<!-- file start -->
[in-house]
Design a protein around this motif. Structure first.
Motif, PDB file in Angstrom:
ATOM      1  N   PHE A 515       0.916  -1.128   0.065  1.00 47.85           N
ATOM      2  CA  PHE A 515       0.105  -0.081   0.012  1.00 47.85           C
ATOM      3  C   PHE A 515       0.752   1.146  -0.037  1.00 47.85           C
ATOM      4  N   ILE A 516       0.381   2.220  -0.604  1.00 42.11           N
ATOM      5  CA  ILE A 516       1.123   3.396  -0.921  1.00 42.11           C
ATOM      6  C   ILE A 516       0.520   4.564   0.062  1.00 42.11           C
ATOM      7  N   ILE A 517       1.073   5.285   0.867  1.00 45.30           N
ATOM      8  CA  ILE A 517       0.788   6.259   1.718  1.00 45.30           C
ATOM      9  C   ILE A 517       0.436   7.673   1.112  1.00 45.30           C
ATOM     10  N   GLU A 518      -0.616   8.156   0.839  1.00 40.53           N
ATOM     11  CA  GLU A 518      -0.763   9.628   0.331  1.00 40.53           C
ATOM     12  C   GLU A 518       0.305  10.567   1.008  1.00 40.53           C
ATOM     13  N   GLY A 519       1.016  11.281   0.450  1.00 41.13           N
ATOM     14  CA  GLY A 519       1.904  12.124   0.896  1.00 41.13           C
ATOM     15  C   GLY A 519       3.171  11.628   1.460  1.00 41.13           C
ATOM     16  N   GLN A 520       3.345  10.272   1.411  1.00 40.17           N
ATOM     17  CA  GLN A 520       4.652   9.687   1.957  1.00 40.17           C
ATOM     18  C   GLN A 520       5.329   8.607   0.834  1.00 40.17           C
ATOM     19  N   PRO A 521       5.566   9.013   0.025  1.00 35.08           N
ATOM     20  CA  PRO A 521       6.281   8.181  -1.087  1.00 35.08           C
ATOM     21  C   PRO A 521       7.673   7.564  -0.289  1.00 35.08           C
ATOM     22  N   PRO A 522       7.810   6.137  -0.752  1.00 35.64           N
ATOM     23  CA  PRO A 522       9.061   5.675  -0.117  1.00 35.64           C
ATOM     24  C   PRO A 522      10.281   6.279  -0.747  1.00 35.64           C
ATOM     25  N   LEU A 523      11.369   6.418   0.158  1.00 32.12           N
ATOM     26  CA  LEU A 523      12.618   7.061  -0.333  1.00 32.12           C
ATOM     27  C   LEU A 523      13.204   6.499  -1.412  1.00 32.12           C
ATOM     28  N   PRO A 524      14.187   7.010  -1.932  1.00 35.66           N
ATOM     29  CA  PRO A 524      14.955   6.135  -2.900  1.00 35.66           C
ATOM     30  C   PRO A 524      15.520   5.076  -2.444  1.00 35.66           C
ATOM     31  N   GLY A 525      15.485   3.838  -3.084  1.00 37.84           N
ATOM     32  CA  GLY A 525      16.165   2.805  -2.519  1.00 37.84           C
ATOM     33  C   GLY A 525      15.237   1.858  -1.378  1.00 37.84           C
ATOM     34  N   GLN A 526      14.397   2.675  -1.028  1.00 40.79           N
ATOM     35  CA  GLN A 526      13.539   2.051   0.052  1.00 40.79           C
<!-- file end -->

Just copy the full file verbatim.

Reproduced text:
[in-house]
Design a protein around this motif. Structure first.
Motif, PDB file in Angstrom:
ATOM      1  N   PHE A 515       0.916  -1.128   0.065  1.00 47.85           N
ATOM      2  CA  PHE A 515       0.105  -0.081   0.012  1.00 47.85           C
ATOM      3  C   PHE A 515       0.752   1.146  -0.037  1.00 47.85           C
ATOM      4  N   ILE A 516       0.381   2.220  -0.604  1.00 42.11           N
ATOM      5  CA  ILE A 516       1.123   3.396  -0.921  1.00 42.11           C
ATOM      6  C   ILE A 516       0.520   4.564   0.062  1.00 42.11           C
ATOM      7  N   ILE A 517       1.073   5.285   0.867  1.00 45.30           N
ATOM      8  CA  ILE A 517       0.788   6.259   1.718  1.00 45.30           C
ATOM      9  C   ILE A 517       0.436   7.673   1.112  1.00 45.30           C
ATOM     10  N   GLU A 518      -0.616   8.156   0.839  1.00 40.53           N
ATOM     11  CA  GLU A 518      -0.763   9.628   0.331  1.00 40.53           C
ATOM     12  C   GLU A 518       0.305  10.567   1.008  1.00 40.53           C
ATOM     13  N   GLY A 519       1.016  11.281   0.450  1.00 41.13           N
ATOM     14  CA  GLY A 519       1.904  12.124   0.896  1.00 41.13           C
ATOM     15  C   GLY A 519       3.171  11.628   1.460  1.00 41.13           C
ATOM     16  N   GLN A 520       3.345  10.272   1.411  1.00 40.17           N
ATOM     17  CA  GLN A 520       4.652   9.687   1.957  1.00 40.17           C
ATOM     18  C   GLN A 520       5.329   8.607   0.834  1.00 40.17           C
ATOM     19  N   PRO A 521       5.566   9.013   0.025  1.00 35.08           N
ATOM     20  CA  PRO A 521       6.281   8.181  -1.087  1.00 35.08           C
ATOM     21  C   PRO A 521       7.673   7.564  -0.289  1.00 35.08           C
ATOM     22  N   PRO A 522       7.810   6.137  -0.752  1.00 35.64           N
ATOM     23  CA  PRO A 522       9.061   5.675  -0.117  1.00 35.64           C
ATOM     24  C   PRO A 522      10.281   6.279  -0.747  1.00 35.64           C
ATOM     25  N   LEU A 523      11.369   6.418   0.158  1.00 32.12           N
ATOM     26  CA  LEU A 523      12.618   7.061  -0.333  1.00 32.12           C
ATOM     27  C   LEU A 523      13.204   6.499  -1.412  1.00 32.12           C
ATOM     28  N   PRO A 524      14.187   7.010  -1.932  1.00 35.66           N
ATOM     29  CA  PRO A 524      14.955   6.135  -2.900  1.00 35.66           C
ATOM     30  C   PRO A 524      15.520   5.076  -2.444  1.00 35.66           C
ATOM     31  N   GLY A 525      15.485   3.838  -3.084  1.00 37.84           N
ATOM     32  CA  GLY A 525      16.165   2.805  -2.519  1.00 37.84           C
ATOM     33  C   GLY A 525      15.237   1.858  -1.378  1.00 37.84           C
ATOM     34  N   GLN A 526      14.397   2.675  -1.028  1.00 40.79           N
ATOM     35  CA  GLN A 526      13.539   2.051   0.052  1.00 40.79           C